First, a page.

In the simplest form, Largest Contentful Paint is the total time between clicking a website until the largest elements on the related page are completely loaded. With a simpler definition, the element that is loaded the last on a webpage is the element with the largest size. These are generally the image files. Therefore, Largest Contentful Paint shows the time until the website is fully loaded or when all the user content is visible. In terms of user experience, it is important for this time not to exceed 2.5 seconds. This means it highlights the importance for all the files on the related page to be loaded in 2.5 seconds for the website performance. Therefore, the most important thing you need to do here is to remove the unnecessary images on your website. Then, you need to compress the remaining images by using a tool like and upload them back to the website. As your large images have smaller dimensions and as you have few such files, your LCP score will be better.

Google defined Largest Contentful Paint (LCP) in the official resources as follows: It is the time between URL request by the user until creating the largest visible content elements in the visible space. The largest element is generally an image or a video or a large text at the block level. This is important as it informs the user that the page is actually loaded.

If the LCP score of a website is below 2.5 seconds, it is accepted as a fast loading website. If the duration is between 2.5-4 seconds, the value should be improved. If it is above 4 seconds, this is considered as a bad or slow value. Google’s research shows that a website loading under 2.5 seconds satisfies visitors. Values above 2.5 seconds make the visitors uncomfortable and the bounce rate significantly increases. For Google that really cares about user experience, websites with LCP score below 2.5 seconds are one step forward.

As you can see both CLS and LCP scores are actually algorithms to satisfy the visitors by fundamentally ensuring your website load fast. By looking from this perspective and considering my fundamental and simple recommendations below, it is possible to immediately increase your scores for these elements.

Speeding up your website is actually the summary of this article. To do that, you can simply apply the following to your website:

  • Use quality hosting service. This might be the most important thing for your website to be fast.
  • Do not have too many images on your website. Choose a sufficient amount of images that summarise the topic. Correctly choose your image dimensions and compress the images before using them. If you are using a banner, choose images with 2000px width and then, compress the image with an application such as and upload to your website.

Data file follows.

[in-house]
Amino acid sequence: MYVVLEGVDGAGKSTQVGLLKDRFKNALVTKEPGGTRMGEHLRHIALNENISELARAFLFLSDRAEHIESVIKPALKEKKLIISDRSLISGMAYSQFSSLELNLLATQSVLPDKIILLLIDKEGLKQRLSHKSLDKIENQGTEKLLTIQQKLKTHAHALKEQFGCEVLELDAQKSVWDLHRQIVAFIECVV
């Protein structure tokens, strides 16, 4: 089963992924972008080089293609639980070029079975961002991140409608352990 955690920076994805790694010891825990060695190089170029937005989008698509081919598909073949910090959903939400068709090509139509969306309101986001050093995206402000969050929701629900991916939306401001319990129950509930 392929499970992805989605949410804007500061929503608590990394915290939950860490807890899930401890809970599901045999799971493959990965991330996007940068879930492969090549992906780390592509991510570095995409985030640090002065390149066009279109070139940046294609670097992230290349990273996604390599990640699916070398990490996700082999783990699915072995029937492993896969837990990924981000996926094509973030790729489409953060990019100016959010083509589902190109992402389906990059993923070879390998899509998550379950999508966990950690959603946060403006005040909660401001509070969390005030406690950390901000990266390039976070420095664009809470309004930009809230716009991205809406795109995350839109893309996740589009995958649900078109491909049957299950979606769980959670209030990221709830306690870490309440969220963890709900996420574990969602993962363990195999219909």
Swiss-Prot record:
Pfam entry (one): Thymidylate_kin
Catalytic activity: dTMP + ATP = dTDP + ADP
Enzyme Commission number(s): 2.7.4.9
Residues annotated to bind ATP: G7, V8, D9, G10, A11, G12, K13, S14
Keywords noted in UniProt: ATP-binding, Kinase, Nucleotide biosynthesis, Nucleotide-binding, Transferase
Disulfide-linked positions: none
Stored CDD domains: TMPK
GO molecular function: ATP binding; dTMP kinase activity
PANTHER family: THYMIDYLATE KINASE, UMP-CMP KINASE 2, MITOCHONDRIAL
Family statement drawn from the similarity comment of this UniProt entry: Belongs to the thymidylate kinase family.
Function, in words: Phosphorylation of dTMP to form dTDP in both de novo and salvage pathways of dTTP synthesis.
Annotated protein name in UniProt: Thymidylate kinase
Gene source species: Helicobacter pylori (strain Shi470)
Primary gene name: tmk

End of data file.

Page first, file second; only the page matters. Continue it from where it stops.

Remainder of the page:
• Avoid unnecessary JavaScript.
  • Compress and use your JavaScript and CSS files.
  • Choose classical fonts. Like Tahoma or Arial... Since these fonts are installed on all computers, they will prevent using an external source and helps your website to save on speed.
  • Use the JavaScript that slows down the first load of your page at the end.
  • Avoid unnecessary animation and motion. These types of applications will slow your website down.
  • Make your content which is your text readable. Use the coding such as strong or em when you really need them. Don’t use too many different colours on your website. Try to have your texts in one colour and harmony.
  • Think clean and simple; avoid complexity. Present what you want to give simple and clear.

As you can see, it is actually really simple to follow these items above. When you look at them in detail and implement them on your entire website, you will witness your LCP and CLS scores increasing rapidly. Since you will achieve higher user satisfaction when you do these on your website, you will be one step ahead in your SEO work as well.

You can contact me if you need professional support for LCP-CLS or SEO work.

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Who is Mert Şener?

He is a professional developer who has served hundreds of companies with 16 years of experience in the field of Ecommerce and SEO .
Recently (November 2021), I have been providing SEO consultancy services to Transcom Translate, FlyHealth, Psychologist Özkan Yiğit and